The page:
Comedy about the people who inhabit a small town. For years the overbearing Pavek has endured Otik, the "town idiot," sharing his meals and the front seat of their dump truck. But Otik is ... See full summary »
Twist of fate and the twists of mind of the characters (mostly couples) combine in just the right twinkled absurd way in the interweaving episodes of this comedy. Each of the characters ... See full summary »
In this movie, TV sets are full of life. If a person is in TV (e.g. because it was filmed on the street) it has a double that's right in the TV set. This double needs energy from the true ... See full summary »
Two guys bought a car and travelled through the country untill they met a lonely girl on the road. So they begin to travel together having so much fun. And there is another guy who has a ... See full summary »
Robert works for a travel agency and helps to arrange scenes from the everyday lives of "ordinary" Czech families as an attraction for Japanese tourists. He also works as a kind of ... See full summary »
Two families, Sebkovi and Krausovi, are celebrating christmas, but not everyone is in a good mood. Teenage kids think their fathers are totaly stupid, fathers are sure their children are ... See full summary »
Is a light amusing story about Nesio, a small time drug dealer who has never managed to get away from his mother or his childhood traumas, and carries on his back the stigma of a born loser... See full summary »
In the film there is visible a TV program with a highlighted film Kolya (1996), made by the same duo: Jan Sverák (director) and Zdenek Sverák (writer and a main character in both, a father of Jan). See more »
Eliska is supposed to be a professional teacher of German, yet in the German sentences she speaks in the course of the movie, her German has a heavy Czech accent, much worse than that of her supposed student. And, when Eliska is asked to translate the sentence, "I work for the city administration," her German translation makes no grammatic sense ("an der Stadtamt"). See more »
For a little love, I would go to the edge of the world ...
We saw this film when it was first released in Prague, bought the screenplay in Czech, and now own the DVD. This masterpiece from the father-son Sverák team is a gentle low-key story that has appealed here to all ages. It was the most popular movie of the year in terms of theater attendance. The theme is "the search for love" in its very broadest sense, with the sub-theme of the impact of freedom and capitalism on lives in the Czech Republic.
The main character, sixty-five year old Josef Tkaloun, introduces the theme in his classroom of Czech teenagers. In his lesson about a beloved Czech writer, Jaroslav Vrchlicky, he quotes: "For a little love, I would go to the edge of the world bareheaded and barefooted." We follow this theme in his own life and marriage, his daughter's and little grandson's lives, as well as in those of various other characters, young, middle-aged, and elderly, who surround him.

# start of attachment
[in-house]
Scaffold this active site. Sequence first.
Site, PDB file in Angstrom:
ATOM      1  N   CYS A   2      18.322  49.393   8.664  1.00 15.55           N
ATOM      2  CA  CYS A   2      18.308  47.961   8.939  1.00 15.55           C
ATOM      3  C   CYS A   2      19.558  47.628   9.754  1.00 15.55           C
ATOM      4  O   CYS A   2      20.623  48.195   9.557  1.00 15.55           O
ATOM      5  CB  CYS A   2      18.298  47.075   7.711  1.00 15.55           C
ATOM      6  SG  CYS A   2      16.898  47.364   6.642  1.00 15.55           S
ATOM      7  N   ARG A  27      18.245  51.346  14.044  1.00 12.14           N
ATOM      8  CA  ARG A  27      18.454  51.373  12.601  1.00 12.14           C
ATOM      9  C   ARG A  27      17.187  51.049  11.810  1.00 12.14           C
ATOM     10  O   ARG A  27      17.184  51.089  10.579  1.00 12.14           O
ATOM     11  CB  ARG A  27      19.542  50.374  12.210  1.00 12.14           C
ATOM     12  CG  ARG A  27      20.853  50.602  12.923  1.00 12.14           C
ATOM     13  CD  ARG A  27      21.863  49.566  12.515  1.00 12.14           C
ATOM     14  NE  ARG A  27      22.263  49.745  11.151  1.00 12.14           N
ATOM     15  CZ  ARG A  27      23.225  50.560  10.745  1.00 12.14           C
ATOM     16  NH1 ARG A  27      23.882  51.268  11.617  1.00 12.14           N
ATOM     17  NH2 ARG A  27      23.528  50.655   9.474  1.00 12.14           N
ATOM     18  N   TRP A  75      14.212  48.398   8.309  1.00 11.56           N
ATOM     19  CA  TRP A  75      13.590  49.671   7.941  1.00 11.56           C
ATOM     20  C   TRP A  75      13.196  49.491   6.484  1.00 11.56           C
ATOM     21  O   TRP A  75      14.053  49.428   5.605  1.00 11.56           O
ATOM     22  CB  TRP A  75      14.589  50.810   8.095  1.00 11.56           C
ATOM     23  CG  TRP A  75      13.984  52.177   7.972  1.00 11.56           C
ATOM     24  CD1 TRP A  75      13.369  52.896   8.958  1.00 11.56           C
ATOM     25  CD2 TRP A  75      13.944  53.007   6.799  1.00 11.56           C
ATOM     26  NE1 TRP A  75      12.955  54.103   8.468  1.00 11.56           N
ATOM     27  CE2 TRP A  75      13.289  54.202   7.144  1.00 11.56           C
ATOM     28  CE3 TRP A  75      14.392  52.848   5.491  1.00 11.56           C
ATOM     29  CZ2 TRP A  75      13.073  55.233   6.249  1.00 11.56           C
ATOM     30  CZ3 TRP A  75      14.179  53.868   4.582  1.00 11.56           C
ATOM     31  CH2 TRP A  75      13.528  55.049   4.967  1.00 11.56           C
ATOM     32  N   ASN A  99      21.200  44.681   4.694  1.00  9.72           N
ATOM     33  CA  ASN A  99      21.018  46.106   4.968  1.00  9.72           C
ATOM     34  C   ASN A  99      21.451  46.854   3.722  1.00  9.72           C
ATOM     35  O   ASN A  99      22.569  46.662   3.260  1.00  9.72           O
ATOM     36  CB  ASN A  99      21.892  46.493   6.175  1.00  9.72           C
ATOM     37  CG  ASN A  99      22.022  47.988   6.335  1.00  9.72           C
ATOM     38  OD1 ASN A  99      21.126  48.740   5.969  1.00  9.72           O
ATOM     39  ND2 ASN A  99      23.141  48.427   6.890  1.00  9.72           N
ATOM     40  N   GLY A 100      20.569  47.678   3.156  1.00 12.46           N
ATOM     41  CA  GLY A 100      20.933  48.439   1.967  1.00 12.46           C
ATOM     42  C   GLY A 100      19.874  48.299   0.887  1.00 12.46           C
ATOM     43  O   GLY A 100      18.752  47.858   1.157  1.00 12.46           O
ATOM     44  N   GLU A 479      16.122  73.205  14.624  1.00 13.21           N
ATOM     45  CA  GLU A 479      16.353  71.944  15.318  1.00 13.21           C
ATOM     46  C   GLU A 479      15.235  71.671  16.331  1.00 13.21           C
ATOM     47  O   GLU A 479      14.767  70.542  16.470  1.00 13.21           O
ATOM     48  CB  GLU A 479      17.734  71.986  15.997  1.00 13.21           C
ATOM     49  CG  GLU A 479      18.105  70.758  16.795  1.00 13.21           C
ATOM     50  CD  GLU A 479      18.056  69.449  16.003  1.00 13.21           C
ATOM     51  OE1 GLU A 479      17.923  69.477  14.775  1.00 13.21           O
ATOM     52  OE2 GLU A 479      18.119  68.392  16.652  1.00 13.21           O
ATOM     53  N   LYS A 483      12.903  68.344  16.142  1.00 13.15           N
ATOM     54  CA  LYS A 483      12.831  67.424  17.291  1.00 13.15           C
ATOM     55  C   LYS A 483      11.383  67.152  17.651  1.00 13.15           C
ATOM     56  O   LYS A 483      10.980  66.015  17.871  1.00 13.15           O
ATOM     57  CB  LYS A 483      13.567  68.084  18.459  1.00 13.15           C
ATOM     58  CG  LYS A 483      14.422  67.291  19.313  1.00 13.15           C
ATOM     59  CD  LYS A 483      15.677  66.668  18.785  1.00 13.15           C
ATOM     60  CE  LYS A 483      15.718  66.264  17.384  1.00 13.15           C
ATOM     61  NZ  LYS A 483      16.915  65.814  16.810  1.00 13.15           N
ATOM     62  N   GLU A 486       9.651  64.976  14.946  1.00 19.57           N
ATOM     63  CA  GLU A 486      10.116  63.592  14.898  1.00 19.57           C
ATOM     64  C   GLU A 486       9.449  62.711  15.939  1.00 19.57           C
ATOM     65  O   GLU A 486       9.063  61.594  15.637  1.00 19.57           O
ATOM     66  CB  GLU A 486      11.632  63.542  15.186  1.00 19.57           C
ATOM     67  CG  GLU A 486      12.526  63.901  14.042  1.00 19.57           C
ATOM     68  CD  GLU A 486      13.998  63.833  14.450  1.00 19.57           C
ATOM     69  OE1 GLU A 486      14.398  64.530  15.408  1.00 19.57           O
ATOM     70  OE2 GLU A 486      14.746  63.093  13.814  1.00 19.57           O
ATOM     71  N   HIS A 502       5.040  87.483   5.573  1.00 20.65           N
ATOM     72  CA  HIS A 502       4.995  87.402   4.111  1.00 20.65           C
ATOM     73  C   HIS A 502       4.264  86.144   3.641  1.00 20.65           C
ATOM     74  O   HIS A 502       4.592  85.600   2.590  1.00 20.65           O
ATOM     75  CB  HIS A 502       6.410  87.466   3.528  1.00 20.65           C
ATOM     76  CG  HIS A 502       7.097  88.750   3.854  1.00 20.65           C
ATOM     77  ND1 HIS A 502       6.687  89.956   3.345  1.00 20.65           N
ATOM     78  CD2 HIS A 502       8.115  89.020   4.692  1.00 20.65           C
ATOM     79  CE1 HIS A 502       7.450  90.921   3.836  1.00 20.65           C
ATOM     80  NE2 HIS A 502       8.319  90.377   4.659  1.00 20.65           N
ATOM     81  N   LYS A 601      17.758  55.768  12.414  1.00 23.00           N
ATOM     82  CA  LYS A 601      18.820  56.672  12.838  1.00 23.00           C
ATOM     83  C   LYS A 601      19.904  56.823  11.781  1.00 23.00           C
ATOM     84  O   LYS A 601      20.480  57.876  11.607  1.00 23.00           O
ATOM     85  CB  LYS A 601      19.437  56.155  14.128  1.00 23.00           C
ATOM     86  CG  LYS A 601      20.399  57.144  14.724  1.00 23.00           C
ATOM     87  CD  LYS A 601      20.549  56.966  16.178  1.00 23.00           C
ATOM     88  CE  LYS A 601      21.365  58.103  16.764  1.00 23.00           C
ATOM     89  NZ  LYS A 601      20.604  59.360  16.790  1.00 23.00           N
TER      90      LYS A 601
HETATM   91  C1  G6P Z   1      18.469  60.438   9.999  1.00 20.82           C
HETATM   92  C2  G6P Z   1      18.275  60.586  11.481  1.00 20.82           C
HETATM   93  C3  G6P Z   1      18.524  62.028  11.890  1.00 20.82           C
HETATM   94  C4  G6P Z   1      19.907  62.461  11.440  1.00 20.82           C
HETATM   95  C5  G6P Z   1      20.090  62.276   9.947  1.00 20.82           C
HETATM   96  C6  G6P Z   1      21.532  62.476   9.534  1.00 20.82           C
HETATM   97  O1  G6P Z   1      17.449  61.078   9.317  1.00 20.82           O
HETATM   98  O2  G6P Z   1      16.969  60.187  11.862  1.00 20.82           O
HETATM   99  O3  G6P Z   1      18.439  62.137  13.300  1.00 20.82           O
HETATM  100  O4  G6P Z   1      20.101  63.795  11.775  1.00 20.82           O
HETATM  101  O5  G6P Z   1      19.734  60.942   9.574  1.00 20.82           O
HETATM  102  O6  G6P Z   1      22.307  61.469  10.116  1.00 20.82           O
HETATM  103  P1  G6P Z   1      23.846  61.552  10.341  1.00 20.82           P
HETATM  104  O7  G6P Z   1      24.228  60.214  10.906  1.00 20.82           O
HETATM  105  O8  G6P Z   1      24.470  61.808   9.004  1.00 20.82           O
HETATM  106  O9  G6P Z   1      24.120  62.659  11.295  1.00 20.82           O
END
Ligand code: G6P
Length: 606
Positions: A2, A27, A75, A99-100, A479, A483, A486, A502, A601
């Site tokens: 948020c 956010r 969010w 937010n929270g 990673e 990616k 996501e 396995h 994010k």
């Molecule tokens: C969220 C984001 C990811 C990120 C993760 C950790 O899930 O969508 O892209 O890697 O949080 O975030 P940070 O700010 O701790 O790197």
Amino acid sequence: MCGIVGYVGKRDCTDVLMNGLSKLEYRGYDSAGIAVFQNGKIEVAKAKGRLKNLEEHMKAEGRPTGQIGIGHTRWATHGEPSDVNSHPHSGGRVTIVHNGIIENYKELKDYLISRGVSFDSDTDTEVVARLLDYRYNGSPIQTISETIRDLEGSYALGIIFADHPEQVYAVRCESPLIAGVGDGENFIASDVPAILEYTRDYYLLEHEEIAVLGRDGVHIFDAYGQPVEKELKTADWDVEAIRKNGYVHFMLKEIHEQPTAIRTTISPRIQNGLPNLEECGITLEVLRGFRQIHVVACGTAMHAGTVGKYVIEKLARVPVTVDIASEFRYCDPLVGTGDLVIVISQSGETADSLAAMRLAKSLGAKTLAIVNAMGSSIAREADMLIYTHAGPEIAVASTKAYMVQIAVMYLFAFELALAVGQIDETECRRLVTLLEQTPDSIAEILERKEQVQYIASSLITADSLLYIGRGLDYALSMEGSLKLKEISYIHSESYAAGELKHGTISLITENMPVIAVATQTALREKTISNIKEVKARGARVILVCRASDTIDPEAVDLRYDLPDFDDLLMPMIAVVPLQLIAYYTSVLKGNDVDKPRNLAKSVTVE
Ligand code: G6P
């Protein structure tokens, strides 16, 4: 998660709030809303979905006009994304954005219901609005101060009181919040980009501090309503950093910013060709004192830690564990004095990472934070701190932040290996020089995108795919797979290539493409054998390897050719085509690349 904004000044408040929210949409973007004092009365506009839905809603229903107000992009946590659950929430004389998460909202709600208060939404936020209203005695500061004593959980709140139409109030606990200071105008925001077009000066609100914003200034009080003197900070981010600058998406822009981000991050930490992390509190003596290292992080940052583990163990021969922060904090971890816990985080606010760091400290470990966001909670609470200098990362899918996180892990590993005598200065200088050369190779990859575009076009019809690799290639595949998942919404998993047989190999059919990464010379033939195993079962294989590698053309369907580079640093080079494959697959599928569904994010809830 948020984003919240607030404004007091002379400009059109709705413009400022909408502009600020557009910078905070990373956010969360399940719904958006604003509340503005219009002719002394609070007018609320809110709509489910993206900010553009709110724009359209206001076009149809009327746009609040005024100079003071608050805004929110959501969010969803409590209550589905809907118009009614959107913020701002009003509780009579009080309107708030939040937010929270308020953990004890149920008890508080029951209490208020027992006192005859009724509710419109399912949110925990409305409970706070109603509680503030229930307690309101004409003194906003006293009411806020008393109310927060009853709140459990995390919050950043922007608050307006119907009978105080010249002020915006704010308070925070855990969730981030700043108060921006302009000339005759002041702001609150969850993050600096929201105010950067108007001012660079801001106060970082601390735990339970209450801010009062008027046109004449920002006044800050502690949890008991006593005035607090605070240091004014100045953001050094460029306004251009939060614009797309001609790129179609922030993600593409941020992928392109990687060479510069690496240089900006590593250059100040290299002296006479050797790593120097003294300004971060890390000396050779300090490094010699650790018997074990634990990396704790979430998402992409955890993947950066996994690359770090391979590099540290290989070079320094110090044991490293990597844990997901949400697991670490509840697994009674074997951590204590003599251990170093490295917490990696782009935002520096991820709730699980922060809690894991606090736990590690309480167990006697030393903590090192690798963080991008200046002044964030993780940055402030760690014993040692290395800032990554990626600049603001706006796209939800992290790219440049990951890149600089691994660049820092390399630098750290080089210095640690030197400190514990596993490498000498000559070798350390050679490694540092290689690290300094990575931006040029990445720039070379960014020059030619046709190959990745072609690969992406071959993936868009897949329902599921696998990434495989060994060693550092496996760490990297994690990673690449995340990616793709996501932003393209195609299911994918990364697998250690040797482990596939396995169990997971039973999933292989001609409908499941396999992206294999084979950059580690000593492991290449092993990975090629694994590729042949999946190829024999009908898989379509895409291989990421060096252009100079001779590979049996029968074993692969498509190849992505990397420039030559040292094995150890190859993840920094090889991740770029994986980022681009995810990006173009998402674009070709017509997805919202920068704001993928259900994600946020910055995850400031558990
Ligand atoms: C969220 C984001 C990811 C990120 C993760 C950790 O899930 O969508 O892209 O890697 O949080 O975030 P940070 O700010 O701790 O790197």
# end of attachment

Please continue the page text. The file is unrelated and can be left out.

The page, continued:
Neither Zdenek Sverák as a writer nor the character of Tkaloun he has written for himself is a judgmental man. Tkaloun's most characteristic response perhaps, is a quiet, "Jo takhle" or "Ah, so that's how it is." Sverák sketches a small world and, within it, gives us a very poignant human story permeated with a feeling of acceptance of all of us in our various weaknesses.
The sub-theme of changes in Czech life since the 1989 revolution may be harder for non-Czech viewers to catch entirely. The local library, for example, has been replaced by a new teeth-whitening business called "Happy Smile." In this one little touch, Czechs will recognize the loss of their public library, the introduction of a strange, expensive, and hitherto unnecessary business, and the current vogue for abandoning Czech for the snobbier, more chic English name.
We also see how the very young, without memories of the "old" days, consider all this as the normal state of affairs, though they realize that their parents or grandparents do not. In a small closely-knit society such as the Czech Republic, relations between generations, whether within the family, at work or school, or in public, have been markedly different in many ways than what one sees in a country such as the U.S. This is now changing with the influx of dubbed television programs, translated popular magazine articles, and advertising. Many youngsters now prefer to go to the mall rather than on the traditional family trip to the countryside, for example. Although most still automatically get up to give their tram or metro seat to an older person, some now ignore this previous mark of well-brought-up behavior.
We should mention, too, that we find the humor delightful. Even on a third viewing we laughed. These performances stand up in the long run.
This movie will definitely be a classic. Thank you Zdenek and Jan Sverák!!!
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